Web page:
If you have bought from us before (either boxes or subscriptions!) and gave us your email address, then you already have an account in this new system! But you need to reset your password. Go here to the password reset page, enter your email address, and check your email for instructions.
    If you placed an order over the phone, there's a good chance you didn't give us your email address and therefore don't have an account. No problem, just create one! Boom.
    If you're an active subscriber, you will see the details of your current subscription in your account. You can make changes to it there.
    If you're a past subscriber or purchaser, you will not see past orders in your account. Sorry! But all future orders will be logged there.

Charter schools:

    If you had created an account in the old system, you can do the same password reset above to see if you've been migrated. If you didn't (because you were just emailing us your orders and didn't make one) just create a new one! You'll need one from now on.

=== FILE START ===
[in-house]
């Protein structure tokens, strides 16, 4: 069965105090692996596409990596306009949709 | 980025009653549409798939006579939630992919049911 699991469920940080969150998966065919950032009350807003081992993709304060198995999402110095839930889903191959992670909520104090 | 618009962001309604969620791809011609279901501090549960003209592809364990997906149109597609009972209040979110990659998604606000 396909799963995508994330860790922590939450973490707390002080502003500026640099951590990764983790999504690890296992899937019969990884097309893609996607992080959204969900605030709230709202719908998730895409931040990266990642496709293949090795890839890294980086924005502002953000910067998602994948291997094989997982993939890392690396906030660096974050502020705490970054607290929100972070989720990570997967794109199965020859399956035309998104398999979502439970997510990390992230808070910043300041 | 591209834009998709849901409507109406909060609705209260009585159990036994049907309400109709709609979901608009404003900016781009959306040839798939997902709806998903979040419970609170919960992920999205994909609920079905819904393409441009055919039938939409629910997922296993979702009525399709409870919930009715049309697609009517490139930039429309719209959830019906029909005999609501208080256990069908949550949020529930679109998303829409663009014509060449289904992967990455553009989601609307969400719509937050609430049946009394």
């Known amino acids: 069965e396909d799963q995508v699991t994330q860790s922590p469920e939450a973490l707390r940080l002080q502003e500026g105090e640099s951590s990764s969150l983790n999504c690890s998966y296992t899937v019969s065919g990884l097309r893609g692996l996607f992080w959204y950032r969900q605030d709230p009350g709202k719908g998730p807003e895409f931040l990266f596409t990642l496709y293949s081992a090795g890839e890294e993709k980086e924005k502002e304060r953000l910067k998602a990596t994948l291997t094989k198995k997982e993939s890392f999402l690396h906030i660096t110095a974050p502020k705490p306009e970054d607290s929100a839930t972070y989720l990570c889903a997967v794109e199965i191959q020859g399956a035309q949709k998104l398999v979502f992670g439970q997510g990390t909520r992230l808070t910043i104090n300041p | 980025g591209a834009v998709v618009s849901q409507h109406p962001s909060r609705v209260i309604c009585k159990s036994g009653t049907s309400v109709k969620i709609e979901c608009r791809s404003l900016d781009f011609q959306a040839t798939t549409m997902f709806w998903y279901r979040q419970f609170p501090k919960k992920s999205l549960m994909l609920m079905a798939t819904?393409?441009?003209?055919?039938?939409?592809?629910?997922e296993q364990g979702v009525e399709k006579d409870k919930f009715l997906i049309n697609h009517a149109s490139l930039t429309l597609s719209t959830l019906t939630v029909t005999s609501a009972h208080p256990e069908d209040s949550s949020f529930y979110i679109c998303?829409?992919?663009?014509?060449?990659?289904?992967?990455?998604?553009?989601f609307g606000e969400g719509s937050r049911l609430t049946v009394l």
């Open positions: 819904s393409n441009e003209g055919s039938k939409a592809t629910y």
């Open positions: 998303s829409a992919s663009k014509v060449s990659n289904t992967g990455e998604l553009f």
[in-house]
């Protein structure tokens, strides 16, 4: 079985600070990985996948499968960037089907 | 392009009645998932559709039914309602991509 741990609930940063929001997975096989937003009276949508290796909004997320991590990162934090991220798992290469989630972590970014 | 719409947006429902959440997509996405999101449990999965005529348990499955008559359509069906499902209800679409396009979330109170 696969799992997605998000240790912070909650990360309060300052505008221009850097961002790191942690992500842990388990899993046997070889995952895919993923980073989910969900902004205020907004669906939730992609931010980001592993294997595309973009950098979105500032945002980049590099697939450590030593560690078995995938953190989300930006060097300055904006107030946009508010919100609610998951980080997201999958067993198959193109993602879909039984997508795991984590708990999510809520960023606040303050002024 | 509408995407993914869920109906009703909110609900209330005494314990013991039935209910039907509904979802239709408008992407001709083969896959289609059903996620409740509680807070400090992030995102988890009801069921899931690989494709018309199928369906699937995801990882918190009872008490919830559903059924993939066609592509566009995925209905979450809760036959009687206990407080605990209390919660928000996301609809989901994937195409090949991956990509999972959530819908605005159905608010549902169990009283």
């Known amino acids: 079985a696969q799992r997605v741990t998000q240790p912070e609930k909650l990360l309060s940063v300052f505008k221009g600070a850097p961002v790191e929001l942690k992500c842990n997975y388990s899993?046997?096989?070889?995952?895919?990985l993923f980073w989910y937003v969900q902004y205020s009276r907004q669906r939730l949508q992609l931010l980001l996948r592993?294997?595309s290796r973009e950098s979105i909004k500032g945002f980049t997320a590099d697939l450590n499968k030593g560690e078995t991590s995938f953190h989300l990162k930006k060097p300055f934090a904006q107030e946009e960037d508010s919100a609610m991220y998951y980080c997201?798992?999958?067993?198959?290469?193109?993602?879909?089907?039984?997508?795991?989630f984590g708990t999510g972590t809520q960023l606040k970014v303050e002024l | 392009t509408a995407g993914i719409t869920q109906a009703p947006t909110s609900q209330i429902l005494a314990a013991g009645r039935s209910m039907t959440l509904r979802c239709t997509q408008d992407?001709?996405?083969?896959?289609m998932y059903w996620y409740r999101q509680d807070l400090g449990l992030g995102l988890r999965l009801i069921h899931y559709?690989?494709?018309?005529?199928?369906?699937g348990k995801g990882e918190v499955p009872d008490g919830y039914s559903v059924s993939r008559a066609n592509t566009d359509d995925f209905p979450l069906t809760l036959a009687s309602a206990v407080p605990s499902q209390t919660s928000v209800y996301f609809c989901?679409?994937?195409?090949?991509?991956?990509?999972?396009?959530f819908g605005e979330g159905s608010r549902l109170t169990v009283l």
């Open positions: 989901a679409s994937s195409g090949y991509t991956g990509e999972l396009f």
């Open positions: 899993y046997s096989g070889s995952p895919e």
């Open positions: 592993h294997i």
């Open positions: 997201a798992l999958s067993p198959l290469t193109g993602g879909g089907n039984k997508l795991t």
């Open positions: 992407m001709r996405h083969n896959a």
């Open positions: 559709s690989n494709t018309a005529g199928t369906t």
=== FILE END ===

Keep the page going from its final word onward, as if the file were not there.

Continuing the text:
You no longer have to fill a cart and then email us! You can now complete PO orders right here on the site and download the invoice directly from your account page. Very exciting.
    There's a special shop page for you, linked from the Charter page here. It has all the customization you need for charter orders.
    You will need us to mark your account as a Charter in our system! Fill out the contact form after you create your account, letting us know your school and the email address you're using, and we'll set you up with permissions and the password for the Charter shop.

Any trouble? Email us!

We hope you find the site as amazingly fresh and simple to use as we do.

Welcome to our new site!